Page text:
Through the combination of outreach, regulations and incentives, South Holland, IL has created a community engaged in their own resiliency. The residents are aware of their exposure to floods and take the necessary steps to reduce that vulnerability. Their approach of no adverse impact floodplain management is applicable to many communities in Louisiana that deal with floodplain issues.
South Holland, a relatively small town of 23,000 residents in north east Illinois approximately 20 miles south of Chicago, has developed a hazard mitigation plan to counter regular flooding from the Calumet River. South Holland is subject to slow rising, slow moving and slowly receding floods in all seasons due to localized storms, heavy rainfall and snow melt. The town’s flat topography results in floods with longer lasting effects. In reaction to the heavy flooding of the 1990s, the village adopted a number of strategies to protect itself from flooding. Created in 1994 and updated in 2000, the Flood Mitigation and Comprehensive Plan uses education, outreach, policy, code enforcement and structural protection to control annual flooding. South Holland is diligent in the education and engagement of its residents to avoid any removal of floodplain carrying capacity or storage. Pamphlets and floodplain maps distributed throughout the community, in addition to zoning and building codes, help residents clearly understand how inappropriate development can further exacerbate impacts from flooding.
Citizens and town staff came together to form the Flood Liaison Committee, which assisted in the development of their Floodplain Management Plan. The plan takes a no adverse impact approach, including multiple strategies that collectively reduce the town’s vulnerability to flooding. Enrolling in the National Flood Insurance Program (NFIP) Community Rating System gave the committee a framework to begin development of their plan, while also offering a tool for measuring its success. Regular reviewing and updating of the plan ensures its improvement and continued relevance as needs evolve.
South Holland has implemented multiple regulations to combat adverse impacts on the environment due to development. These efforts comprehensively work together to prevent increased flooding caused by new development, retain floodplain carrying and storage capacity, reduce runoff from impervious surfaces, and protect fish and wildlife along with their supportive ecological habitats.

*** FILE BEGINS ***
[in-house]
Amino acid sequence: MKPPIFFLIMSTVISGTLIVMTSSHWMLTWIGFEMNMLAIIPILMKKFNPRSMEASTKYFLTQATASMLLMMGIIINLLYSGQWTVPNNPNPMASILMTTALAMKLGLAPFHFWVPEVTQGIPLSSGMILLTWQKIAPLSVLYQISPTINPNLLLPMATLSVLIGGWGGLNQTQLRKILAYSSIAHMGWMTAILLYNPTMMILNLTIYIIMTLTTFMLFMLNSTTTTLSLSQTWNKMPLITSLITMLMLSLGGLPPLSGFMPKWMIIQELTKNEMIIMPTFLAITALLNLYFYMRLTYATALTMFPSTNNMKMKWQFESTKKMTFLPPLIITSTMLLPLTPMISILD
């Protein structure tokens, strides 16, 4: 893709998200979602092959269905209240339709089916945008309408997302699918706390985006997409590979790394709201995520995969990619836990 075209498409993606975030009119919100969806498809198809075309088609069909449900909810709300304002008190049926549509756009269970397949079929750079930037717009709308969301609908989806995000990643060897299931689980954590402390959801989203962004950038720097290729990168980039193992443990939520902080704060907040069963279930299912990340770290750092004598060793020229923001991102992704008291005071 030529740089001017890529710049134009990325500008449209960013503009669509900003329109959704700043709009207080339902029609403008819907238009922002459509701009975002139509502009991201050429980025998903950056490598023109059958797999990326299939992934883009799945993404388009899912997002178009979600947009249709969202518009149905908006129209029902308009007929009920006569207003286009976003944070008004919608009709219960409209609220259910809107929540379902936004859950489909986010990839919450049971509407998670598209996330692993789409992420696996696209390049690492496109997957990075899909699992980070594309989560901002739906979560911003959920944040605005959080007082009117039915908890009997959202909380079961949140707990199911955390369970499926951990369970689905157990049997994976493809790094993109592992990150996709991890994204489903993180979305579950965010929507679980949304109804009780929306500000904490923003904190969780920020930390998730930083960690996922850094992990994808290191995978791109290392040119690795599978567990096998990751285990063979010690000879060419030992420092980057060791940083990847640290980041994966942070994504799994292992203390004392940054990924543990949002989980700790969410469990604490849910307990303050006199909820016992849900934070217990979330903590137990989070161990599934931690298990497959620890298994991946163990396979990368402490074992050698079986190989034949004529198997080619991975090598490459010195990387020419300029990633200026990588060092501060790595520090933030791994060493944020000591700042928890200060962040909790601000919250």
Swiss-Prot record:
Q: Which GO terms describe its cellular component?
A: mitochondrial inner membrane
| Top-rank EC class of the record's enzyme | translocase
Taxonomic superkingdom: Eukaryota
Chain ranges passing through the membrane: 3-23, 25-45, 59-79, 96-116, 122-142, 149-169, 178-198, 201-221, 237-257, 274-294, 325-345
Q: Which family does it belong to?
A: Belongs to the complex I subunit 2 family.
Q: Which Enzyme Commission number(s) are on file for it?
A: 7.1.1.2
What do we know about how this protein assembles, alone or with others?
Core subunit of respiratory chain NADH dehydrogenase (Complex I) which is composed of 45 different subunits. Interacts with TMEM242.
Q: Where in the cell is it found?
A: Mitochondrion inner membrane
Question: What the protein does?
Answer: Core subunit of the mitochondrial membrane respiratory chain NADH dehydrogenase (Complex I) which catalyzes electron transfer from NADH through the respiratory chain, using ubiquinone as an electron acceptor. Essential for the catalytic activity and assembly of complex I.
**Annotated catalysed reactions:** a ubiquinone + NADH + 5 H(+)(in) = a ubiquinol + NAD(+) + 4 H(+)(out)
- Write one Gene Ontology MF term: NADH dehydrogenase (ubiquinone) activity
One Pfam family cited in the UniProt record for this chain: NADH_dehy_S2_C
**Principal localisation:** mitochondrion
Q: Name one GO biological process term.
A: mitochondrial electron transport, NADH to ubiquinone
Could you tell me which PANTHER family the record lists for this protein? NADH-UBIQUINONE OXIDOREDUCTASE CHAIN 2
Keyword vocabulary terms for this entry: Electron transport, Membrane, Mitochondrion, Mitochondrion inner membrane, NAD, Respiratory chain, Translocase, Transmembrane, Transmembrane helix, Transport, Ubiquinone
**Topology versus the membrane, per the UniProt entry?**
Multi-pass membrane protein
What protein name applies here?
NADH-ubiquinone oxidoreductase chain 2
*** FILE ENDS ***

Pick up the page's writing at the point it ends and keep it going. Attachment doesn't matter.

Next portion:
- The project team constructed a regional diversion channel and a flood storage reservoir that created carrying capacity for overflow.
- Codes and regulations were established to avoid overloading the expanded system.
- The town has returned multiple sites to open space functioning as natural floodplain by purchasing then removing structures from flood prone areas.
- Regulations were created requiring a one-foot freeboard above FEMA BFE (base flood elevation) for new construction. Additionally, any material fill in the floodplain must be compensated for by excavating 1.5 times the volume of the fill.
- An ordinance was created for retention of runoff from all storms for new developments.
- The Plan requires two inspections per year of riverine systems to assure they are clean, not in need of maintenance, and free flowing. South Holland maintains an Urban Forestry Commission as well as a full-time arborist to assure that protected trees and vegetation are maintained and protected from negligent development.
By informing and educating citizens about areas most vulnerable to storms and the different approaches to reducing adverse impacts, South Holland has created an engaged community that is proactive about ensuring their own safety. This engagement has allowed them to make huge strides in their protective capabilities with a modest budget.
- Workshops were held and handouts distributed door-to-door to inform citizens about flood protection and decreasing flood risk.
- A website was created as a strategy within an overall public information program to help property owners learn about the hazards they are exposed to and what they can do about them.
- The Flood Assistance Rebate Program offers land owners of single-family residences a 25% rebate (up to $2,500) per home for flood control projects.
- The project team implemented various flood warning services.
Really notable is the town’s public outreach and education efforts. Informing the town residents of their vulnerabilities fosters a proactive attitude to flood mitigation, which helps to increase their capacity to prepare and respond to storm events while working within the confines of a limited budget.
- The Flood Liaison Committee was created to assist in the development of the Floodplain Management Plan. Made up of citizens and town staff, it ensured the town was engaged and informed in mitigation issues.
- South Holland organized a series of open houses which were publicized door-to-door and in the newspaper. These open houses focused on informing citizens about their vulnerabilities to flooding and the options available to mitigate them, through handouts, videos and consultations with local staff and contractors.
- Brochures, booklets and community maps were distributed to the community, which included emergency numbers and a description of government services.
- The community newsletter, published monthly, addresses flooding issues, discusses flood reduction projects and includes summaries of committee meetings.
- Letters are periodically sent to residents living in the floodplain, which contain pertinent information about the NFIP and the importance of purchasing flood insurance.
- In cooperation with two other nearby communities, the Village also organizes an annual Flood Awareness Week by engaging the community through a series of events, including a Business Breakfast meeting to educate local real estate agents, lenders and insurance agents about flooding issues and the NFIP.